This year promises to be a significant one for Australia’s schools, with many sweeping reforms underway.
Perhaps the most notable of these is the Federal Government’s review of the Australian Curriculum, which promises to shake up the way that teaching and learning happens in schools across the nation.
Other reviews into the status of teaching in Australia and the impact of mobile phones in classrooms will also see big changes for leaders to navigate.
The Educator’s 2020 Education Report recently asked school heads from all states and territories to share the greatest challenges they are facing - and how they intend to tackle them.
The biggest challenges for principals in 2020
While it may be a new school year, the biggest challenges that educators are markedly familiar, with respondents of the Report highlighting a lack of time, large workloads and student mental health and wellbeing as major distractions.
When it came to lack of time, many leaders struggled with “getting basic tasks done”, “facilitating new and expected policies/guidelines” and “working collaboratively with staff to plan and moderate units of work”.
Workloads were another thorn in the side, with many leaders reporting increased demands and training needs for teachers despite relatively low rates of pay for the profession. Others cited the pressure that student and parent behaviour can create for teachers, contributing to more time spent on people management at the expense of teaching and learning.
The complex issue of students’ mental health and wellbeing was also identified as a significant challenge for educators, with one pointing to “ice addicted parents and students living in trauma”. Others pointed to a growth in the number of students presenting to school with mental health issues and the amount of additional responsibilities associated with the mental health of students and staff.
Perhaps unsurprisingly, leaders flagged ‘bureaucracy and administrative red tape’ as a major challenge. Examples included “meeting the expectations of a board with unsupportive staff.”; “unrealistic expectations from line managers”; “red tape, accountability” and “moronic time-wasting documentation that prevents effective teaching together with unmotivated and disengaged students and parents who have little or no value of education”.
When asked how challenging they expect each of the following areas to be for their school/leadership team in 2020, school heads provided the following insights:
Managing staff and student wellbeing: Most (68.29%) participants found this very challenging, while 26.83% found this only somewhat challenging. A small minority (1.22%) didn’t find this challenging at all.
Attracting and retaining high-quality teaching staff: Most (52.44%) participants found this very challenging, while 36.59% found this only somewhat challenging. A significant minority (10.98%) didn’t find this challenging at all.
Introducing or upgrading school facilities: Most (48.78%) participants found this very challenging, while 35.37% found this only somewhat challenging. Only 9.76% didn’t find this challenging at all.
Adapting to changing curriculum requirements: A majority (56.10%) found this only somewhat challenging, while 32.90% found this very challenging. A significant minority (10.98%) didn’t find this challenging at all.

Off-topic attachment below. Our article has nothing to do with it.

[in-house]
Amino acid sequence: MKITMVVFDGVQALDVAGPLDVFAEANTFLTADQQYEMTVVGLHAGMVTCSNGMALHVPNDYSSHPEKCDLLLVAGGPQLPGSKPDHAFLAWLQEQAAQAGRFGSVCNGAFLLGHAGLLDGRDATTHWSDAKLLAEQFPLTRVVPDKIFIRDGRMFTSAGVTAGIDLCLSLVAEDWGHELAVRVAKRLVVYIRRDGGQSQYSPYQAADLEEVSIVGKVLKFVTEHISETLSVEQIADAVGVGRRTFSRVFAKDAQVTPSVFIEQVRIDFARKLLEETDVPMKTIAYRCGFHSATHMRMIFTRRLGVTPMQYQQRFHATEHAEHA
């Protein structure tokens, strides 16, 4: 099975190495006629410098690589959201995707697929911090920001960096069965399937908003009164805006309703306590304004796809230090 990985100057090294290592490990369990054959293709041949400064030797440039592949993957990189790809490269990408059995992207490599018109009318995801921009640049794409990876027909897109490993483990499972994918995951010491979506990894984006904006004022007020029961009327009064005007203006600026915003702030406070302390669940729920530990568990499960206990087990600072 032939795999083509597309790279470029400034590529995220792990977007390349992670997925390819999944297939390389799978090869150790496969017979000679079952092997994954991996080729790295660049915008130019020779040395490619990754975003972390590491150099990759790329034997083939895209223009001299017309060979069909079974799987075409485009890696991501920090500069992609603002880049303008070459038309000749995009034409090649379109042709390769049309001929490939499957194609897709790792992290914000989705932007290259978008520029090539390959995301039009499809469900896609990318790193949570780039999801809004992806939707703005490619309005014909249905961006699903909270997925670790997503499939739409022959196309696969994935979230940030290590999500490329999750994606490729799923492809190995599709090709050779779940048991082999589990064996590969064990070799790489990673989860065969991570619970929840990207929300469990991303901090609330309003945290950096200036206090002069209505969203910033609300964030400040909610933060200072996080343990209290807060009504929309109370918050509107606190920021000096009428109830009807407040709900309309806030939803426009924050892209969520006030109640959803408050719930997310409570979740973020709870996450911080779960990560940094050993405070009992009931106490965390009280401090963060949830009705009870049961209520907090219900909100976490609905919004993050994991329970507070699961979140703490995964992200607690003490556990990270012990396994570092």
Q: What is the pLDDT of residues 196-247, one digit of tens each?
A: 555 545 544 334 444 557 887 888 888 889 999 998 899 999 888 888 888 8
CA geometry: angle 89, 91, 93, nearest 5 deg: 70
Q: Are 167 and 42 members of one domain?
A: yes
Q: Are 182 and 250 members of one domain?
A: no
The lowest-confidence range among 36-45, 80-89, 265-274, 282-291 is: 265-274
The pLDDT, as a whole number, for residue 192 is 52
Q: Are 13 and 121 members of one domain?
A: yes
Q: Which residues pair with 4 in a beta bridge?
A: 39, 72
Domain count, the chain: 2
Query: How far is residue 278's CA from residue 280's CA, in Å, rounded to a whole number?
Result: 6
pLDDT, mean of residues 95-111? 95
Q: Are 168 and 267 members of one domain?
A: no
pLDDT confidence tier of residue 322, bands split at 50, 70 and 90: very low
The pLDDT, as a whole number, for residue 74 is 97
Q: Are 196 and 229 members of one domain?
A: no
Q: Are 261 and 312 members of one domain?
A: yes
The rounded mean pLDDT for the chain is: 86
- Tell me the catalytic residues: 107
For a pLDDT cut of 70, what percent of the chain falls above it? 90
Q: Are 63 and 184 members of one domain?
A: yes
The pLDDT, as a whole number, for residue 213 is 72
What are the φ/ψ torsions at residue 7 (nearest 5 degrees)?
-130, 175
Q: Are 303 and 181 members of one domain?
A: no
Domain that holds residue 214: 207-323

Maintaining and/or increasing student enrolment numbers: Participants were fairly split on this issue, either finding it very challenging (32.93%) or not challenging at all (30.49%). However, a large minority (26.83%) were in the middle, finding the issue somewhat challenging.
Improving communication between teachers, students and parents: Most participants (51.22%) found this somewhat challenging, while 30.49% found this very challenging. Another 17.07% didn’t find this challenging at all.
Introducing new technology to assist with school management and administration: A majority (50%) found this somewhat challenging, while 30.49% found this very challenging and 19.51 didn’t find this challenging at all.
Managing school finances: Most participants (46.34%) found this somewhat challenging, while 29.27% found this very challenging. A significant number (18.29%) didn’t find this challenging at all.
Introducing or improving extra-curricular activities: While most participants (48.78%) found this somewhat challenging, another 28.05% didn’t find this challenging at all. And 20.73% felt this issue was very challenging.
The top skills for education leaders in 2020
With respondents finding less time and more workload as their biggest challenges, the survey found that more leaders believe that interpersonal skills and flexibility are the most crucial skills needed for education management.
According to one educator, “without a doubt, [the most important skills or knowledge] are a high level of emotional intelligence [and a] high level of interpersonal skills. Leading instruction and the ability to do so is crucial.”
While one respondent said educators need to learn the “ability to strategically prioritise, resource and align” their staff and students’ learning needs, another said they also need to have a high level of emotional intelligence “to navigate respectful relationships” among staff, students and parents.
Another respondent noted the need “to be available at all times and hold many roles”.
“It’s not just about education anymore – we’re human resources managers, financial managers, physiologists, counsellors, mental health professionals, replacement parents, police officers and maintenance officers – you name it!”
A teaching principal also went on to list other jobs they had to do: “nurse, counsellor, secretary, accountant, arbitrator, negotiator, mentor, behavioural specialist, speech pathologist, OT, parent, juggler, specialist in a number of fields – and maybe teacher – if we can fit it in.”
The full version of the 2020 Education Report will be published in March.